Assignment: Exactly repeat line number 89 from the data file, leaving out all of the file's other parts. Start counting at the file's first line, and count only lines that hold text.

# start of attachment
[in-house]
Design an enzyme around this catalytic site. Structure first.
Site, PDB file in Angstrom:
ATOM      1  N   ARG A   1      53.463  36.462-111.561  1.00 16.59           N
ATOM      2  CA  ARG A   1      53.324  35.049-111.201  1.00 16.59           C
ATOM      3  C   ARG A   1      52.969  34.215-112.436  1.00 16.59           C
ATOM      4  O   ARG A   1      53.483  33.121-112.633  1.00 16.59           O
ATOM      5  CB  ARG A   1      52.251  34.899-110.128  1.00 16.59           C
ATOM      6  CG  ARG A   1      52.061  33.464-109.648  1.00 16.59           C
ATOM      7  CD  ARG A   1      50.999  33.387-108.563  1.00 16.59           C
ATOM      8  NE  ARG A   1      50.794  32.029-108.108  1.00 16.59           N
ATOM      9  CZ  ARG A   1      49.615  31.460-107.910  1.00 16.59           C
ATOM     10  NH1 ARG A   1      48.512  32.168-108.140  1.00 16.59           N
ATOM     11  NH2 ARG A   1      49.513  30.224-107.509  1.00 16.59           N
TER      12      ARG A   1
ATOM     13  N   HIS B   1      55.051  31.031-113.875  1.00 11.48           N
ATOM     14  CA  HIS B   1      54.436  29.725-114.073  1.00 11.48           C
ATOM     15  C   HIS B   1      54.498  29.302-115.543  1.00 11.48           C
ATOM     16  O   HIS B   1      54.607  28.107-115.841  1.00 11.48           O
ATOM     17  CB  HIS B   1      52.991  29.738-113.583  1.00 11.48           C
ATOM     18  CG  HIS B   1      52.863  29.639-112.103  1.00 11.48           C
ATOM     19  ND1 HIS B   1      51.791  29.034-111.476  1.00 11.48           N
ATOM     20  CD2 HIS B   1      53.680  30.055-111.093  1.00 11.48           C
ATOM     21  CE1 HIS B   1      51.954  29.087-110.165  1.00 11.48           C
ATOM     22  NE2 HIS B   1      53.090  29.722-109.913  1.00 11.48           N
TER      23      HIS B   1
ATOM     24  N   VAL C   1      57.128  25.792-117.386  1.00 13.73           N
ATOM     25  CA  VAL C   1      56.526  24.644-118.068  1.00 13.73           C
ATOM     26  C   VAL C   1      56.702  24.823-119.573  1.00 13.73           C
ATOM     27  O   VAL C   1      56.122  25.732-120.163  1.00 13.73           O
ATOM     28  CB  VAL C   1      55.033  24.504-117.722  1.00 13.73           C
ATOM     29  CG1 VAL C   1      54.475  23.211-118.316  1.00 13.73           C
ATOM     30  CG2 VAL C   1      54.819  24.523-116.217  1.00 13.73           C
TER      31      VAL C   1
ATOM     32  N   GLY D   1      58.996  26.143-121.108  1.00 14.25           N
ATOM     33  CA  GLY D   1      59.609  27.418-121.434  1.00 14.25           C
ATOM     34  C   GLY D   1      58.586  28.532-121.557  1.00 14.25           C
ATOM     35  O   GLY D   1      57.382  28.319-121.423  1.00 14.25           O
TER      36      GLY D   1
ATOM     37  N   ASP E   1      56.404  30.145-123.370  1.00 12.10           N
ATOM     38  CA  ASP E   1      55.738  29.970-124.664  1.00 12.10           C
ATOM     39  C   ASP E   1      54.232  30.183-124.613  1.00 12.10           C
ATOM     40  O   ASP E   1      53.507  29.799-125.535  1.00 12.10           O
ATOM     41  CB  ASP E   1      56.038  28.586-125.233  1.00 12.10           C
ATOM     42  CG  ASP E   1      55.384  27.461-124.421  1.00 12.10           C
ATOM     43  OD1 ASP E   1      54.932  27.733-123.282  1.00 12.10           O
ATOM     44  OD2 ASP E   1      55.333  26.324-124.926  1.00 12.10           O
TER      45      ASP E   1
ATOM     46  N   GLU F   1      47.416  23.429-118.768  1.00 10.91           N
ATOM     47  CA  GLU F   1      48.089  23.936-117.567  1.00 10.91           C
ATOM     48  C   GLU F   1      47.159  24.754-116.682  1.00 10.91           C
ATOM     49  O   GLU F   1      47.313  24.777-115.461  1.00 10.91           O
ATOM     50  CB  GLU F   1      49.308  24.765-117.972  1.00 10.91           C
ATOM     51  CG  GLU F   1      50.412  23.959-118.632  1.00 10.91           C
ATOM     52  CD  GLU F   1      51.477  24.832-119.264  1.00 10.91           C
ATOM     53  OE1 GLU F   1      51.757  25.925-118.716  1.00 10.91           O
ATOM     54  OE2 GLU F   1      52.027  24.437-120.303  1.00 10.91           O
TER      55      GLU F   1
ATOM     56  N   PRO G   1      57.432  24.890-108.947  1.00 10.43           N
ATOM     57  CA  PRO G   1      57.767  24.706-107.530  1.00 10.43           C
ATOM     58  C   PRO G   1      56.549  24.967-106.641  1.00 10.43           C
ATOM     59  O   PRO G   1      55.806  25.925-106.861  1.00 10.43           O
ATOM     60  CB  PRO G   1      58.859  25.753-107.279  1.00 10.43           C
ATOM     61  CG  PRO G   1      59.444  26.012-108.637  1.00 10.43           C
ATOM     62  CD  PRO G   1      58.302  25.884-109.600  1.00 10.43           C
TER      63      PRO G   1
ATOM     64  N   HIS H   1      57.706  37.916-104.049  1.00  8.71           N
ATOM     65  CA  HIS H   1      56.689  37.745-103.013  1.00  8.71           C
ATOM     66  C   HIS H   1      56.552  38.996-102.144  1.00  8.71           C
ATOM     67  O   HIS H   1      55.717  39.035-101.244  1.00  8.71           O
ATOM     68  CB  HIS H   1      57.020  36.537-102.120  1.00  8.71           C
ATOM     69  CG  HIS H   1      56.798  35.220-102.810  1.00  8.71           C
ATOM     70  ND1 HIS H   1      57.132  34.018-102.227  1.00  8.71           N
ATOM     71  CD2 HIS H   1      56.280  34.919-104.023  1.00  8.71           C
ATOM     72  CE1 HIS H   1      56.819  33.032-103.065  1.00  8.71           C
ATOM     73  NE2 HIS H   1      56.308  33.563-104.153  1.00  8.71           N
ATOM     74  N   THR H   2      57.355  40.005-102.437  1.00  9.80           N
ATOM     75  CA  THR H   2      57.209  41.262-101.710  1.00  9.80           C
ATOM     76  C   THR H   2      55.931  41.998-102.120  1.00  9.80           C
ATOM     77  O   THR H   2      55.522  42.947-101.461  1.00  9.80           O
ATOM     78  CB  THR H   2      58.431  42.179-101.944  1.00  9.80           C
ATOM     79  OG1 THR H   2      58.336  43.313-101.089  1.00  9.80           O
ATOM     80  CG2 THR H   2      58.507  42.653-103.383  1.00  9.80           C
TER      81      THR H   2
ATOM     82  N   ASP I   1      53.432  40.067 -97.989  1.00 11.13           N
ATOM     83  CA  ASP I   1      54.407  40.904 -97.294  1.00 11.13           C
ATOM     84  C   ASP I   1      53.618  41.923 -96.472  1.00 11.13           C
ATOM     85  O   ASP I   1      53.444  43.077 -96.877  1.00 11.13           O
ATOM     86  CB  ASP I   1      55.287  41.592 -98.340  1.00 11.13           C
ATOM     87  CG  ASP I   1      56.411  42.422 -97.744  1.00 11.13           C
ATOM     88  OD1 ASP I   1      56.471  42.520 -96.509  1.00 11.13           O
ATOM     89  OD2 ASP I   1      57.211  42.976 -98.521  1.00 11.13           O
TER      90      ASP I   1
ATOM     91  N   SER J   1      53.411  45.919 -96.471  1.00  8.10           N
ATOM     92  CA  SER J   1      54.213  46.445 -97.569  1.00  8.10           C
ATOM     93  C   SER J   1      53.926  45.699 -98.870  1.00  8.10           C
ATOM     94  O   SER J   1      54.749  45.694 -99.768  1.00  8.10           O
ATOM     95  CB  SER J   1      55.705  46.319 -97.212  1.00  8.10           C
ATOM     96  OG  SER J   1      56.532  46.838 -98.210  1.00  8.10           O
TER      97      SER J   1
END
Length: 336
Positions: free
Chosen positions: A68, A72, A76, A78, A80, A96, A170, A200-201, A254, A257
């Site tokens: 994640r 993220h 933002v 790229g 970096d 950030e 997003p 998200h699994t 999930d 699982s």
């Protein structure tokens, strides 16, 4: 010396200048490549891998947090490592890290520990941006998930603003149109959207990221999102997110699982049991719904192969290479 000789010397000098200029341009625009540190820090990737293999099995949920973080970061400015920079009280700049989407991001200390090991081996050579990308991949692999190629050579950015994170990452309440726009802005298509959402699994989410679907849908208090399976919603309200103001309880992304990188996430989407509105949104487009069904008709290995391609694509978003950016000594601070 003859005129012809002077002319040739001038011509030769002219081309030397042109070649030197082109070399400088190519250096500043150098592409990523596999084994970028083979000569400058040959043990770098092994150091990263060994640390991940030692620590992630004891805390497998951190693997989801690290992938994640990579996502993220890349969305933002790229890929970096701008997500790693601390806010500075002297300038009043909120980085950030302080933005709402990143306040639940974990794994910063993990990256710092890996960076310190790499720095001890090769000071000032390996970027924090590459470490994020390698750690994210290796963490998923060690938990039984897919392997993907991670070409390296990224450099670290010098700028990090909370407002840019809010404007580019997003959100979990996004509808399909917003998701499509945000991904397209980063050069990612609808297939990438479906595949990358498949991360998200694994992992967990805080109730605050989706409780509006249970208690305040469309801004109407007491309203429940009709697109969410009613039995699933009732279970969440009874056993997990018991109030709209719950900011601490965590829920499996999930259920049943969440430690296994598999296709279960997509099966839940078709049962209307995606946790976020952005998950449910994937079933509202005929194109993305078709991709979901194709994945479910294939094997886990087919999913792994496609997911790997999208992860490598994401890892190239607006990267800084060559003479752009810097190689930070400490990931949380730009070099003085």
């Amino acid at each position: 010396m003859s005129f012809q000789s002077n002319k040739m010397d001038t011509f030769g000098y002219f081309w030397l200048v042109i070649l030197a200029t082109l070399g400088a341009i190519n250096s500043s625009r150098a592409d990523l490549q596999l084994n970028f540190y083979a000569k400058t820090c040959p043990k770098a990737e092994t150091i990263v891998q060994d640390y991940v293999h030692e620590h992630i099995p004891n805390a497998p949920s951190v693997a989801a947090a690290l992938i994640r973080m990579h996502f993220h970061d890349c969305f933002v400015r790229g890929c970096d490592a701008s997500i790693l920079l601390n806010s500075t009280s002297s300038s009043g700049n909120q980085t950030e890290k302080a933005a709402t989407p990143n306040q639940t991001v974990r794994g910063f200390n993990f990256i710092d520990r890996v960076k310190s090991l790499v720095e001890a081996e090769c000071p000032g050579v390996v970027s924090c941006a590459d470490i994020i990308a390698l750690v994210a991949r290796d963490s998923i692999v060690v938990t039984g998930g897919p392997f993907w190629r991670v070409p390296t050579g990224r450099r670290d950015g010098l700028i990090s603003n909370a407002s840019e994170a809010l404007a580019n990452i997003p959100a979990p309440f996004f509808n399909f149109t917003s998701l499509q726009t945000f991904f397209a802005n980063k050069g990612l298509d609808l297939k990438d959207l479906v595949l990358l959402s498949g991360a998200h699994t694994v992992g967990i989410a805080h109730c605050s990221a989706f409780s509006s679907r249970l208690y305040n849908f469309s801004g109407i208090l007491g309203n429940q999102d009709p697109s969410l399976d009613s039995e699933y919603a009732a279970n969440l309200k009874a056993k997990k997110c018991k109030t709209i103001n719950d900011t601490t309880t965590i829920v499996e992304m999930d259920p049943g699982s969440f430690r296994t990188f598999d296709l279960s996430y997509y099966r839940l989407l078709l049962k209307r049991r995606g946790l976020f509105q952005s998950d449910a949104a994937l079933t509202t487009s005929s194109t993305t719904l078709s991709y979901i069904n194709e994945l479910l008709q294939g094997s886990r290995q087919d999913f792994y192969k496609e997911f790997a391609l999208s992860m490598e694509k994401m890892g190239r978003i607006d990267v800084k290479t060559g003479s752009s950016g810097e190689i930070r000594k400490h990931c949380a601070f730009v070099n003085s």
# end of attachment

ATOM     86  CB  ASP I   1      55.287  41.592 -98.340  1.00 11.13           C